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Insomnia

Insomnia is a form of sleep disorder characterised by an inability to sleep and/or to remain asleep for a reasonable period during the night. Sufferers typically complain of being unable to close their eyes for more than a few minutes at a time, or of 'tossing and turning' through the night.

If insomnia continues for more than a few nights running, it can become chronic and cause a sleep deficit[?] that is extremely detrimental to the sufferer's well-being. Insomnia interrupts the natural sleep cycle[?], which can be hard to restore. Some insomniacs unwittingly perpetuate their complaint by napping in the late afternoon or early evening, leading to wakefulness at bedtime and more insomnia. Others push their bodies to the limits, until their sleep deficit causes severe physical and mental effects.

Many people who feel they are suffering from insomnia may actually have a lower physical need for sleep than they believe they do. A normal part of the ageing process is to sleep more lightly and for shorter periods of time, and some elderly people toss and turn in bed late at night or early in the morning when their body has no physical need for more rest, because they believe that they must 'need' X amount of sleep to be rested.

Insomnia is a common side-effect of some medications, and it can also be caused by stress, emotional upheaval, physical or mental illness, dietary allergy and poor sleep hygiene[?]. Insomnia is a major symptom of mania in people with Bi-polar disorder, and it can also be a sign of hyper-thyroidism[?], depression, or other physical complaints with stimulating effects.

Cures for Insomnia
Many insomniacs rely for long periods on sleeping tablets[?] and other sedatives[?] to try to get some rest, even though these types of medication are only intended for short-term use. Others use herbs such as valerian, chamomile, lavender, hops, and/or passion-flower.

Some traditional 'cures' for insomnia involve drinking warm milk before bedtime, taking a warm bath in the evening, exercising vigorously for half an hour in the afternoon, eating a large lunch, then a light evening meal at least three hours before bed, avoiding mentally stimulating activities in the evening hours, and paradoxically, making sure to get up early in the morning and to retire to bed at a reasonable hour.

Chinese medicine practitioners have been treating insomnia sufferers for hundreds of years, usually involving a long initial acupuncture session, dietary and lifestyle analysis, and many follow-up appointments, taking care of the problem over several months, even years.

Although they seem unscientific, many of these 'cures' are sufficient to break the insomnia cycle without the need for sedatives and sleeping tablets. Warm milk contains high levels of tryptophan, a natural sedative. Lavender oil and other relaxing essential oils[?] may also be used to help induce a state of restfulness.

Ativan provides possible treatment.

Removing probable causes of insomnia:

  • Avoid all caffeine if you can't sleep. Caffeine is responsible for most cases of insomnia, including insomnia in night-shift workers. Caffeine is found in coffee, tea, mate (Ilex paraguaiensis), guarana, cocoa, kola nut[?] (this includes all cola drinks[?]); it is also found in "pep-me-up" sodas like Red Bull and similar, chocolate bars and other candy, and some people simply pop caffeine pills. Drink herbal teas or plain water instead of caffeine-containing liquids, and avoid the caffeine pills, too.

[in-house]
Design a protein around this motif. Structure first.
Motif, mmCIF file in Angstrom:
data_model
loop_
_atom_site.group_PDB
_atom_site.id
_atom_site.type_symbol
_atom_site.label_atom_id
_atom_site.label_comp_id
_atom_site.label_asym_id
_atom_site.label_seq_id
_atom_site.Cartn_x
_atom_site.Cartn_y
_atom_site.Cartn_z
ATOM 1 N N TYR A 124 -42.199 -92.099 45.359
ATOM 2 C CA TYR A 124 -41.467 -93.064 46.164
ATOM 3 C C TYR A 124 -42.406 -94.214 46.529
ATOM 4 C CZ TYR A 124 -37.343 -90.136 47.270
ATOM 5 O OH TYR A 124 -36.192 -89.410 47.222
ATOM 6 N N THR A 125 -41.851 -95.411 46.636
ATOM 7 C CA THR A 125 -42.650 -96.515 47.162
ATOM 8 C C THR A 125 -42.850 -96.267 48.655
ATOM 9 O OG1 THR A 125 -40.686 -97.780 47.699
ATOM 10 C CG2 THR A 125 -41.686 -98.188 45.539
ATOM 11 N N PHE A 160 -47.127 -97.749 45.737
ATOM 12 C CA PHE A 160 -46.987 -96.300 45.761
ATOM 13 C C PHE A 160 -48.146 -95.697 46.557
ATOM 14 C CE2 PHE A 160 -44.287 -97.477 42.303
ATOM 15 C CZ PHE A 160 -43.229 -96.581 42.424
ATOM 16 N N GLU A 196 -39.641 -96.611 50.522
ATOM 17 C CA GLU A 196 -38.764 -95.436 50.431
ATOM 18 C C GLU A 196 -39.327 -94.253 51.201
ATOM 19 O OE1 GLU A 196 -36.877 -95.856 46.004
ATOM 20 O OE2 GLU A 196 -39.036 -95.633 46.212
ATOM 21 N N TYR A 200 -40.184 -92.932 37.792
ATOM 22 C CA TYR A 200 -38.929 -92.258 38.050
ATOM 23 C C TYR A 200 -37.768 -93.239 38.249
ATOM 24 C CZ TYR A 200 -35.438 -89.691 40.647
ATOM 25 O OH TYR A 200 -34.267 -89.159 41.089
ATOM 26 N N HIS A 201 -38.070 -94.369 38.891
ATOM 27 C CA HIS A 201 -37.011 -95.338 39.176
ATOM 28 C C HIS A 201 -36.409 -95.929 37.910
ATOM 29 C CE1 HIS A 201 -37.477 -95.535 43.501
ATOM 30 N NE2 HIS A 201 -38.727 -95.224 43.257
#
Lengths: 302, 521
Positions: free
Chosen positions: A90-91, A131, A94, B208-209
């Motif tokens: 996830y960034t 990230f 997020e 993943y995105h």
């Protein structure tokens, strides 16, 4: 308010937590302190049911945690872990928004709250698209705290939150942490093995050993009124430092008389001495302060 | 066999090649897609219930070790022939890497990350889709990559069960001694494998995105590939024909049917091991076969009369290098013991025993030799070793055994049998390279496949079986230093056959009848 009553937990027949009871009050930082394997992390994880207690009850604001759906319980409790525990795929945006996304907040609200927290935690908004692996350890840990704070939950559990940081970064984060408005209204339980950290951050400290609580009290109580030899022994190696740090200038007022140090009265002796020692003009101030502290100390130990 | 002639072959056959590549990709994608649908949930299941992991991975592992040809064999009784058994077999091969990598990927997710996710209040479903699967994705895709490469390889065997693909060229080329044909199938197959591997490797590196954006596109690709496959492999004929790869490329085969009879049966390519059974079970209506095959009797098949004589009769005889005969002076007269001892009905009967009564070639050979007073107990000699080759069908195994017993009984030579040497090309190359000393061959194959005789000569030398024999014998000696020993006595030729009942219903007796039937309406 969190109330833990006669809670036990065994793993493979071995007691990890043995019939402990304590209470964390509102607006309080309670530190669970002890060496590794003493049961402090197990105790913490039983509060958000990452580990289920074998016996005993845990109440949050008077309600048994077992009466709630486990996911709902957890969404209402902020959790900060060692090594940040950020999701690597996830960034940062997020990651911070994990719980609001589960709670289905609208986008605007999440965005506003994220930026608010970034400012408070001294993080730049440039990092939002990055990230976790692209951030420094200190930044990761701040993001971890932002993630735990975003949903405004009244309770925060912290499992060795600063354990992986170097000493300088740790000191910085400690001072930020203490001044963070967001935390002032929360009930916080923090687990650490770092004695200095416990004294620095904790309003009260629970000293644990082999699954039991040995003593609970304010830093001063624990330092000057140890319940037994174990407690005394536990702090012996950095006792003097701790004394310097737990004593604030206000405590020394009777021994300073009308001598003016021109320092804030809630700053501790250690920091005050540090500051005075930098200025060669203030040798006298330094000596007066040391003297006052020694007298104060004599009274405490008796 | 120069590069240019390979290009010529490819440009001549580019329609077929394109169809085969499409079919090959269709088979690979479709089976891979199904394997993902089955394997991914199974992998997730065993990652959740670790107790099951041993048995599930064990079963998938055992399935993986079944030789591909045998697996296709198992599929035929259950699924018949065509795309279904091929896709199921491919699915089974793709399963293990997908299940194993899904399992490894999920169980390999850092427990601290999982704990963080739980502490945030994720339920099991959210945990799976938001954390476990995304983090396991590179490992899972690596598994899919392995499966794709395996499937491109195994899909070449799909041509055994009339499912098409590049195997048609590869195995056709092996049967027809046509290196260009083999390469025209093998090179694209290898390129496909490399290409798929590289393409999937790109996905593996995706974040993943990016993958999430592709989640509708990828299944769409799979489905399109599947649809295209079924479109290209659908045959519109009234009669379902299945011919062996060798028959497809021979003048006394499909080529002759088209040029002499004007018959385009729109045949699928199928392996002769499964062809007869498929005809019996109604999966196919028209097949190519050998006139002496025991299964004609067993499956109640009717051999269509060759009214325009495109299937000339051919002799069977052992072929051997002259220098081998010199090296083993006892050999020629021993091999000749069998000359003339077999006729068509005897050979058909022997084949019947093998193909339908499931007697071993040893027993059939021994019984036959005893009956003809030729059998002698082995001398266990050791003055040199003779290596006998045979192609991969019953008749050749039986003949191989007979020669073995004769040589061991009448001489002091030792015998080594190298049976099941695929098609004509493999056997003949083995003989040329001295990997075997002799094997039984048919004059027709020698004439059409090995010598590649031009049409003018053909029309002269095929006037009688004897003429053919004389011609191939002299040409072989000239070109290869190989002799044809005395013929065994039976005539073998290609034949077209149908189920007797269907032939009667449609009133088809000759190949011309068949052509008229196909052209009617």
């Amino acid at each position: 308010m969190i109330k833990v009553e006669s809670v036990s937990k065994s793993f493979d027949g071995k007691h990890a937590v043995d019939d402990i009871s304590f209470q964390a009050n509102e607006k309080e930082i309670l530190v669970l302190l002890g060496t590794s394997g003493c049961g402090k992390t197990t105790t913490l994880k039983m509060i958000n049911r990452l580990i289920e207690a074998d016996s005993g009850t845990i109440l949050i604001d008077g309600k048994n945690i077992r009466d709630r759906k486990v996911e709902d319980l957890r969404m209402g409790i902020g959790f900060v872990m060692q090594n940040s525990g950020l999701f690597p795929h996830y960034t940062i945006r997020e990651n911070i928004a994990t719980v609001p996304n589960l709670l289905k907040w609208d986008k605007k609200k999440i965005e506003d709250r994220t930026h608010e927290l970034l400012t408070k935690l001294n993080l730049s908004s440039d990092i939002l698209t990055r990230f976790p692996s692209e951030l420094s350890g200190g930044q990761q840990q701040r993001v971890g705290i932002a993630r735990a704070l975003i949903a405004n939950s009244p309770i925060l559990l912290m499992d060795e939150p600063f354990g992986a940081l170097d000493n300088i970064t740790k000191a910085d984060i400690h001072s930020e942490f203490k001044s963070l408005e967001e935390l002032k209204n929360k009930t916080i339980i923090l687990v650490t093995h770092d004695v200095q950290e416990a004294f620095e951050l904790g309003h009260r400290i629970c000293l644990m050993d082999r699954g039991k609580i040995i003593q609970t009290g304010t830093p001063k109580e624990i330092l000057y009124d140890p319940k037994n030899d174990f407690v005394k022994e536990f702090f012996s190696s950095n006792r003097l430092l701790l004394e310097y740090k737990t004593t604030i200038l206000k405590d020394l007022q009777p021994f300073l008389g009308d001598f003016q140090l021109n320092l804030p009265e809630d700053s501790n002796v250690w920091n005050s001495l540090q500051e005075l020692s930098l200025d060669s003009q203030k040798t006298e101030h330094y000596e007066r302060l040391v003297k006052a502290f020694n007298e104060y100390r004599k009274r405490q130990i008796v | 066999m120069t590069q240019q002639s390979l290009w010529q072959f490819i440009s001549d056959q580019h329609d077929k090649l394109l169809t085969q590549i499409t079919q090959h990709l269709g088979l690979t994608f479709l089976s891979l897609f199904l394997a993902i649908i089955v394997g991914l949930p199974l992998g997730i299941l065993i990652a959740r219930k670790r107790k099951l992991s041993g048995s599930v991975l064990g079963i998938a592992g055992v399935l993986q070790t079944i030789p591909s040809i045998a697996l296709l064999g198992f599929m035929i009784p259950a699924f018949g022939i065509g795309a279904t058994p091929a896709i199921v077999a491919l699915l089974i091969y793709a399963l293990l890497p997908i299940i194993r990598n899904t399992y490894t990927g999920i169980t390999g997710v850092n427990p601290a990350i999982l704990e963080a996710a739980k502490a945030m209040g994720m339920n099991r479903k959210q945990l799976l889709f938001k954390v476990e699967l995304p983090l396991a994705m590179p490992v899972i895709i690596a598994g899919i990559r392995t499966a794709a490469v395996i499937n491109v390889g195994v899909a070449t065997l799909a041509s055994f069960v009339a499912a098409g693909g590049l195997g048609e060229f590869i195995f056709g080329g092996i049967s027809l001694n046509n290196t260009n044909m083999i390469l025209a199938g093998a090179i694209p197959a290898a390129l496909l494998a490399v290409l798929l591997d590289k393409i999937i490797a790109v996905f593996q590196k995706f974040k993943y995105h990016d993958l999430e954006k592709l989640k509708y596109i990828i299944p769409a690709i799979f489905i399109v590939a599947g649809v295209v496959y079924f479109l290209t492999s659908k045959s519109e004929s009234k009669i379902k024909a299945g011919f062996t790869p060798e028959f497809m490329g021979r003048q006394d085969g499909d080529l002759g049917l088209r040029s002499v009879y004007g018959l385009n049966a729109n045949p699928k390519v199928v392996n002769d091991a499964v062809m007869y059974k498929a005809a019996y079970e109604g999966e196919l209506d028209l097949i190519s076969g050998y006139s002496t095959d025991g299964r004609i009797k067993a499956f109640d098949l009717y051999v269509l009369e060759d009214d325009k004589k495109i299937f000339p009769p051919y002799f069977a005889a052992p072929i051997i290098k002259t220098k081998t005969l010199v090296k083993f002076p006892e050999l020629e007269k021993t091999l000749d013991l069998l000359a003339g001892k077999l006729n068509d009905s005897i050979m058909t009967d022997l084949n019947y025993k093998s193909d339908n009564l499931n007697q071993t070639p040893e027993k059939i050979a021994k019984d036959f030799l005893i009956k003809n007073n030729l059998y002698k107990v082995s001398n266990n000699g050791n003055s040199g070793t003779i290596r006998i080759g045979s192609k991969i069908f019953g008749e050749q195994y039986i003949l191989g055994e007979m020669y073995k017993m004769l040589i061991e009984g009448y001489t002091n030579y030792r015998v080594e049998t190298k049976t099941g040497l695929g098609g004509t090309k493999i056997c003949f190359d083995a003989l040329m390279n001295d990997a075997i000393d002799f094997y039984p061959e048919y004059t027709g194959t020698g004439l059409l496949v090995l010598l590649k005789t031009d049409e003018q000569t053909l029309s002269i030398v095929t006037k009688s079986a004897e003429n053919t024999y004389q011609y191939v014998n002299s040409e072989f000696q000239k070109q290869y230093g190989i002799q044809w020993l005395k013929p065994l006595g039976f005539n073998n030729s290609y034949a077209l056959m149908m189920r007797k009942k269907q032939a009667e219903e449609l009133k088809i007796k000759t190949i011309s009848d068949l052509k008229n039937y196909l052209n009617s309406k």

• Is the bedroom dark enough? Some people are very sensitive to light. Getting darker curtains might help.
  • Is the bedroom quiet enough? Loud snores might disturb not only the sleep of the snorer's room mate, but also that of the snorer him/herself.
  • Do you have sleep apnea? A sleep lab can tell you yes or no. Sleep apnea makes for restless sleep, and a strong sense of insomnia.
  • Do you exercise? The body requires exercise to balance its energies and circulate crutial chemicals. Half an hour of walking a day is sufficient for most, though some people might require more exercise.
  • Sometimes lack of sleep is indicative of some emotional problem that's not being dealt with. If a person is not happy with their lifestyle, or they are putting off problems that should be dealt with, it can often result in sleeping trouble. Just as your body has nutritional requirements, everybody has social and environmental requirements. Sometimes, spending more time out with friends can help.
  • Do you have depression? If you wake up too early and can't get back to sleep you might want to visit a MD.
  • Obscure allergies, such as dairy allergies, can sometimes cause sleeping disorders. Other symptoms may be very mild, such as slightly stuffed sinuses. A nutritionist can make helpful dietary and suppliment recommendations.

A multifaceted approach
Most people who have cured their insomnia have done so by reviewing and experimenting with many different cures. Usually, a combination of dietary and lifestyle changes is the most helpful approach. As with many similar health problems, a determined, across-the-board holistic approach to sleeping problems is the most effective solution.



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